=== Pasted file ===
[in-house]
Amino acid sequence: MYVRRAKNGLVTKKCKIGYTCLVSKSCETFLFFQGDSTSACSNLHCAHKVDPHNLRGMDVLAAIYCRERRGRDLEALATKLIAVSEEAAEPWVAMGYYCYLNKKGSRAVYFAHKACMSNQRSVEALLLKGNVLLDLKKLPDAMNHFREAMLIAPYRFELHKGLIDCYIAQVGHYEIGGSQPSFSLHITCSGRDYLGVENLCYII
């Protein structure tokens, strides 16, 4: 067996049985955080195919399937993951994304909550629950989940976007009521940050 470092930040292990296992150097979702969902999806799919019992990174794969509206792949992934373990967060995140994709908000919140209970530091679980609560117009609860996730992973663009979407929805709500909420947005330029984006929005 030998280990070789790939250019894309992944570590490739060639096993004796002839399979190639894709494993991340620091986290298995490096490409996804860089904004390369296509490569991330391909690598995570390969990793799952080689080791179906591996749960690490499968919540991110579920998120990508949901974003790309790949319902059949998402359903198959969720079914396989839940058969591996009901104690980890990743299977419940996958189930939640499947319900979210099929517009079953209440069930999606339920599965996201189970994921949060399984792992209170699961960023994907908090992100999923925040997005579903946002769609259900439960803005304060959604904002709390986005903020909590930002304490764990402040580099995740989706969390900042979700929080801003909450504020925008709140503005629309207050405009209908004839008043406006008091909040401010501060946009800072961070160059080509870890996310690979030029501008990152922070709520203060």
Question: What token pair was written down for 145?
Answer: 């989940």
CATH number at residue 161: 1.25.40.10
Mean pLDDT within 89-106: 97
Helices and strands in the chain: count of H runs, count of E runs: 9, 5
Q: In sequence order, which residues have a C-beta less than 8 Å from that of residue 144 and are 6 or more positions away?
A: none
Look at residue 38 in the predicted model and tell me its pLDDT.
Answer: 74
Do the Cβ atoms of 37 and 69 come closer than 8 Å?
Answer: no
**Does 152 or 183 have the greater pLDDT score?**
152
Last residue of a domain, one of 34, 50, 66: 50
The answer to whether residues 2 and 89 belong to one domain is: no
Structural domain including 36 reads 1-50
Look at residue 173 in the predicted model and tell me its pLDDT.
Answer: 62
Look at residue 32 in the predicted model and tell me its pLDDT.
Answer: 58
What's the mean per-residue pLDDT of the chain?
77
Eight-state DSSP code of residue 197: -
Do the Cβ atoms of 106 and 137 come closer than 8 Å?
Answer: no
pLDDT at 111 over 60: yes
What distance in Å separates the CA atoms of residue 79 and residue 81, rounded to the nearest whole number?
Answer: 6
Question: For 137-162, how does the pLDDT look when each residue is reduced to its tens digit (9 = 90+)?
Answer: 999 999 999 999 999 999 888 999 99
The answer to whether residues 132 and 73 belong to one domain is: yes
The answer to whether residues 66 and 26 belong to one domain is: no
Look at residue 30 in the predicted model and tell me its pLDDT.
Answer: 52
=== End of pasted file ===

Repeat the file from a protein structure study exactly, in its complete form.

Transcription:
[in-house]
Amino acid sequence: MYVRRAKNGLVTKKCKIGYTCLVSKSCETFLFFQGDSTSACSNLHCAHKVDPHNLRGMDVLAAIYCRERRGRDLEALATKLIAVSEEAAEPWVAMGYYCYLNKKGSRAVYFAHKACMSNQRSVEALLLKGNVLLDLKKLPDAMNHFREAMLIAPYRFELHKGLIDCYIAQVGHYEIGGSQPSFSLHITCSGRDYLGVENLCYII
């Protein structure tokens, strides 16, 4: 067996049985955080195919399937993951994304909550629950989940976007009521940050 470092930040292990296992150097979702969902999806799919019992990174794969509206792949992934373990967060995140994709908000919140209970530091679980609560117009609860996730992973663009979407929805709500909420947005330029984006929005 030998280990070789790939250019894309992944570590490739060639096993004796002839399979190639894709494993991340620091986290298995490096490409996804860089904004390369296509490569991330391909690598995570390969990793799952080689080791179906591996749960690490499968919540991110579920998120990508949901974003790309790949319902059949998402359903198959969720079914396989839940058969591996009901104690980890990743299977419940996958189930939640499947319900979210099929517009079953209440069930999606339920599965996201189970994921949060399984792992209170699961960023994907908090992100999923925040997005579903946002769609259900439960803005304060959604904002709390986005903020909590930002304490764990402040580099995740989706969390900042979700929080801003909450504020925008709140503005629309207050405009209908004839008043406006008091909040401010501060946009800072961070160059080509870890996310690979030029501008990152922070709520203060």
Question: What token pair was written down for 145?
Answer: 């989940």
CATH number at residue 161: 1.25.40.10
Mean pLDDT within 89-106: 97
Helices and strands in the chain: count of H runs, count of E runs: 9, 5
Q: In sequence order, which residues have a C-beta less than 8 Å from that of residue 144 and are 6 or more positions away?
A: none
Look at residue 38 in the predicted model and tell me its pLDDT.
Answer: 74
Do the Cβ atoms of 37 and 69 come closer than 8 Å?
Answer: no
**Does 152 or 183 have the greater pLDDT score?**
152
Last residue of a domain, one of 34, 50, 66: 50
The answer to whether residues 2 and 89 belong to one domain is: no
Structural domain including 36 reads 1-50
Look at residue 173 in the predicted model and tell me its pLDDT.
Answer: 62
Look at residue 32 in the predicted model and tell me its pLDDT.
Answer: 58
What's the mean per-residue pLDDT of the chain?
77
Eight-state DSSP code of residue 197: -
Do the Cβ atoms of 106 and 137 come closer than 8 Å?
Answer: no
pLDDT at 111 over 60: yes
What distance in Å separates the CA atoms of residue 79 and residue 81, rounded to the nearest whole number?
Answer: 6
Question: For 137-162, how does the pLDDT look when each residue is reduced to its tens digit (9 = 90+)?
Answer: 999 999 999 999 999 999 888 999 99
The answer to whether residues 132 and 73 belong to one domain is: yes
The answer to whether residues 66 and 26 belong to one domain is: no
Look at residue 30 in the predicted model and tell me its pLDDT.
Answer: 52